Signs of osteomalacia, such as obscure or disappeared trabecular structures, insufficiency stress-type fractures (n = 3), and deformities in thoracic cage, spine, pelvic, and lower extremities, were observed in five patients. For anatomical imaging analysis, the lesions were divided into those originating from bone (n = 15), soft tissue (n = 2), and sinuses (n = 1).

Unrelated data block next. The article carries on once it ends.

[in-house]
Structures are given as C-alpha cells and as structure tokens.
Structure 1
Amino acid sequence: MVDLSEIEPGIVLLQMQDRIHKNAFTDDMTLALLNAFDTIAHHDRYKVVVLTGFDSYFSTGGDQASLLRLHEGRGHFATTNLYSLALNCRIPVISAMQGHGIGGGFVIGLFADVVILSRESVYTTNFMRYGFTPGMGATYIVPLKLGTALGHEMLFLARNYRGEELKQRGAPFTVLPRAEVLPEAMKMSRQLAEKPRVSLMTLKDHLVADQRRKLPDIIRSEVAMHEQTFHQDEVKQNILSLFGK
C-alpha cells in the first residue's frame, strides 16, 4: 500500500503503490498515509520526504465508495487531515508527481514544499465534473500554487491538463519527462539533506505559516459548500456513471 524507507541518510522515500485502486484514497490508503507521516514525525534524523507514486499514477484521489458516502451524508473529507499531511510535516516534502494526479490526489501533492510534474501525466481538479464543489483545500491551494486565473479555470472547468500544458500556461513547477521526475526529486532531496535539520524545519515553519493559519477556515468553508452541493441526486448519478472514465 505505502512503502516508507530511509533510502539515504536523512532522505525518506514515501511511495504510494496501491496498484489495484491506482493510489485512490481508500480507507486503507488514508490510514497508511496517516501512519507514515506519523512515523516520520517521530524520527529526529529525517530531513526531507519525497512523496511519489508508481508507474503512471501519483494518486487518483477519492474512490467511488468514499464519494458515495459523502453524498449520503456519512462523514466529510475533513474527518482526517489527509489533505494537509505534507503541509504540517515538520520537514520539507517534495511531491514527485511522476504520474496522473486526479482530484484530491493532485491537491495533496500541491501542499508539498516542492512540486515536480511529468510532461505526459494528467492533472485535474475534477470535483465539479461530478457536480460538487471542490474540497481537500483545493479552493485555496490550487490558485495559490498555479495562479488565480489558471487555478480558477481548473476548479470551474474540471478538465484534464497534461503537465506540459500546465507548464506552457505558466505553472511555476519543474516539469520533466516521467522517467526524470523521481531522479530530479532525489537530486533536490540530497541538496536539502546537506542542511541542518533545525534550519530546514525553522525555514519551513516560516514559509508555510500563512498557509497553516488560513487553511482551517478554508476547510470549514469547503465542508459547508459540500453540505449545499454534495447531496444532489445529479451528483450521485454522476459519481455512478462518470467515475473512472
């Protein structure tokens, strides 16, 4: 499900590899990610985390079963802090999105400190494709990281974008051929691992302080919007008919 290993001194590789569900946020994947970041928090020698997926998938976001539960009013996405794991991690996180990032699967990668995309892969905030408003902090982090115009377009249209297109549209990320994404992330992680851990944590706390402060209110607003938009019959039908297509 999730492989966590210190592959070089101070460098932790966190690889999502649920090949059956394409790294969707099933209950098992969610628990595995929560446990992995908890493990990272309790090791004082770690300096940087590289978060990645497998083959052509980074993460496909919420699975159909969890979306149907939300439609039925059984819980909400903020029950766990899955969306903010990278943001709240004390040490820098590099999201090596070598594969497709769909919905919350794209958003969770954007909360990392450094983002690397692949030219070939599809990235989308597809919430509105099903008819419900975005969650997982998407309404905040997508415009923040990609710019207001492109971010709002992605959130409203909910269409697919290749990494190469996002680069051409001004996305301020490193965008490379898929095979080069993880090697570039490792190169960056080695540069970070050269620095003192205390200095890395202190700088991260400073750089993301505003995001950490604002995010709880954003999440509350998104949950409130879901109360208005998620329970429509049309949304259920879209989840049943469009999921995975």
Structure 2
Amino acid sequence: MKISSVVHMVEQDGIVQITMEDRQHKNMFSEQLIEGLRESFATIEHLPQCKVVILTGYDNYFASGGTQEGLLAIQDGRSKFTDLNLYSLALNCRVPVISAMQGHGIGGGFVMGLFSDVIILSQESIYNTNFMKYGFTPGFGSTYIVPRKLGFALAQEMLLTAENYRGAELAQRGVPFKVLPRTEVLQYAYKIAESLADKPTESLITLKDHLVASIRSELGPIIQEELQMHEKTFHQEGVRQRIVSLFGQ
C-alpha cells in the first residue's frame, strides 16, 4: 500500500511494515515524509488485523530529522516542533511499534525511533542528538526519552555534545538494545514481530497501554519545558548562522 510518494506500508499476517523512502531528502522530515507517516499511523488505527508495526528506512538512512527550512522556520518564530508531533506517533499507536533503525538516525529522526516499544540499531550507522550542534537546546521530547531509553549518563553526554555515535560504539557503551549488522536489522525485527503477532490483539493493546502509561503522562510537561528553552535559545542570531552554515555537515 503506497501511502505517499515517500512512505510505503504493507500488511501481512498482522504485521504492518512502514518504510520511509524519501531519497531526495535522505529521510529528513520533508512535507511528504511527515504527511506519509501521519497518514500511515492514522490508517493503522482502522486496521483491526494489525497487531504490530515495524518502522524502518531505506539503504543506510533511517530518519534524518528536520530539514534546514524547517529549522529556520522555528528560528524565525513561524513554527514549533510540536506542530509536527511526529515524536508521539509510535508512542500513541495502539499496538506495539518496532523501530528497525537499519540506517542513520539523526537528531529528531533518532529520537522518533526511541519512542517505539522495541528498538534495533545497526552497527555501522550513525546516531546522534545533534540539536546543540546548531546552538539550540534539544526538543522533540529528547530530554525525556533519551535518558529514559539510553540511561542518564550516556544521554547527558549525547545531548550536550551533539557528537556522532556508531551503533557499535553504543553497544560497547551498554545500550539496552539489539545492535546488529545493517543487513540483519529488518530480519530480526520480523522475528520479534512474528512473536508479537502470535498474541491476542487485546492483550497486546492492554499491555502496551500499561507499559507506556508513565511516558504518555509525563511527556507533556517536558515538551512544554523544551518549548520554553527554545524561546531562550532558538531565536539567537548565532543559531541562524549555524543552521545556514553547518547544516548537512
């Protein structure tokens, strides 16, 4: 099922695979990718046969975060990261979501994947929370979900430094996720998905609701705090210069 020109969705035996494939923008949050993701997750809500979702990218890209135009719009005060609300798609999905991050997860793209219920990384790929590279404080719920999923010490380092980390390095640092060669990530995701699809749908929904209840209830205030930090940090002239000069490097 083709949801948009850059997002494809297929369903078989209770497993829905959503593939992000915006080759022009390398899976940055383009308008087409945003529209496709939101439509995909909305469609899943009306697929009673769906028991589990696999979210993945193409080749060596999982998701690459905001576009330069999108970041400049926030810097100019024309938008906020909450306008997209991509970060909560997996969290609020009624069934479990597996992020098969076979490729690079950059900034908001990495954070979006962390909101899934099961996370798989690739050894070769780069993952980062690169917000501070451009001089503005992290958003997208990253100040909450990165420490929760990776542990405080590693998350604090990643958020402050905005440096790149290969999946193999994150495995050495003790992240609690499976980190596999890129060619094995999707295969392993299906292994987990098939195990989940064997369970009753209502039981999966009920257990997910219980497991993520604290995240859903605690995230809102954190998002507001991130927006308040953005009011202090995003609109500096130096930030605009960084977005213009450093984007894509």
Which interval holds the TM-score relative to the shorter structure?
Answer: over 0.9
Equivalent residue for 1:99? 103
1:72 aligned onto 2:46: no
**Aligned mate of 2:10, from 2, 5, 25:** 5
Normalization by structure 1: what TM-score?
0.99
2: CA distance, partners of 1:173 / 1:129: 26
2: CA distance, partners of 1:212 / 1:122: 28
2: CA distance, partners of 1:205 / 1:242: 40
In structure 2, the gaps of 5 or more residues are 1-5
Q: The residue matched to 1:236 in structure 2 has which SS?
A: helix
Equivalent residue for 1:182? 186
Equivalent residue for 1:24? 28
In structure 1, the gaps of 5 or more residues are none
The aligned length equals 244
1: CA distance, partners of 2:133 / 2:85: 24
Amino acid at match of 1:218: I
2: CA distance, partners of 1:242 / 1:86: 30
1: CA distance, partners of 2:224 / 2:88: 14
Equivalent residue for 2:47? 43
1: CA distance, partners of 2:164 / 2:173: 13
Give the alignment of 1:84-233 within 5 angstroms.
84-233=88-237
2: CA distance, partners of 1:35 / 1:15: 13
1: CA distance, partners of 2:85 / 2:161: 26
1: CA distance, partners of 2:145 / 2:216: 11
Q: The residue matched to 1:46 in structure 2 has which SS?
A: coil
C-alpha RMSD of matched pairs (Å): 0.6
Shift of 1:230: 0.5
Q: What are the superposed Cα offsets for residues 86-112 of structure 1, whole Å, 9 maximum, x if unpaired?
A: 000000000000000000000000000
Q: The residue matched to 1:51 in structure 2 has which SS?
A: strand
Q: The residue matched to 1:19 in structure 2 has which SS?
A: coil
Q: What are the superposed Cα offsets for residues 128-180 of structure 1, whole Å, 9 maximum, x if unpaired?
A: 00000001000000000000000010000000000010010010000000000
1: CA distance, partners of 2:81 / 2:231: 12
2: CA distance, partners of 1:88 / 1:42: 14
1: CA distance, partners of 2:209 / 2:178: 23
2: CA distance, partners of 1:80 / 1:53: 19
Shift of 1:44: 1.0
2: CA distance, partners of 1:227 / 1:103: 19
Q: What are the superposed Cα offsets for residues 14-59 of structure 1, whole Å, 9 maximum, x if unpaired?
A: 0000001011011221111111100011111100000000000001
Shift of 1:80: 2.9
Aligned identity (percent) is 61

Fifteen lesions arose from bone with 9 (ilium [n = 7] and spine [n = 2]) from axial skeleton and 6 (femur [n = 2], metacarpus [n = 2], scapula [n = 1], and tibia [n = 1]) from appendicular skeleton. The mean maximal lesion diameter was 5.77 ± 2.74 cm (range: 2.65–10.90 cm). Additionally, 13/15 lesions showed a narrow zone of transition with partial sclerotic boundary, bony shell in 11/13, and 1/13, respectively (Figure 1A). All 15 lesions had partial cortical bone abruption, while 3/15 had extraosseous soft tissue components. The pathological fracture caused by the tumor was observed in 3/15 lesions. A total of 14 patients underwent CT (computed tomography) examinations, among whom 13 were evaluated by contrast CT. All 14 patients had osteolytic lesions with slight and obvious expansions in 5 and 3 cases, respectively. Calcification was observed in 10/14 lesions, and 4/10 exhibited a substantial phenotype [Figure 1A]. Ground glass density and fat density were observed in 7/14 and 5/14 lesions, respectively. The enhancement pattern characterised by obviously even, obviously uneven, intermediately uneven, and slightly uneven were seen in 1/13, 8/13, 3/13, and 1/13 cases, respectively. Furthermore, eight patients underwent plain and contrast MRI (nuclear magnetic resonance) examinations. Consequently, 6/8 lesions were heterogeneous on T1-weighted imaging, while 1/8 was slightly hypointense and 1/8 was iso-intense [Figure 1B]. All lesions were heterogeneous on T2-weighted imaging. Also, cystic changes, intratumoral bleeding, internal fluid–fluid level, and perilesional edema were detected in 2, 2, 1, and 2 lesions, respectively. Dark T2 was present in 7 lesions, with 5 corresponding to calcification or ground glass density observed on CT scan [Figure 1C]. All eight patients showed obvious enhancement after IV gadolinium injection (7 heterogeneous and 1 homogeneous). Two patients underwent dynamic contrast-enhanced MRI, and both time-signal intensity curves demonstrated a platform pattern.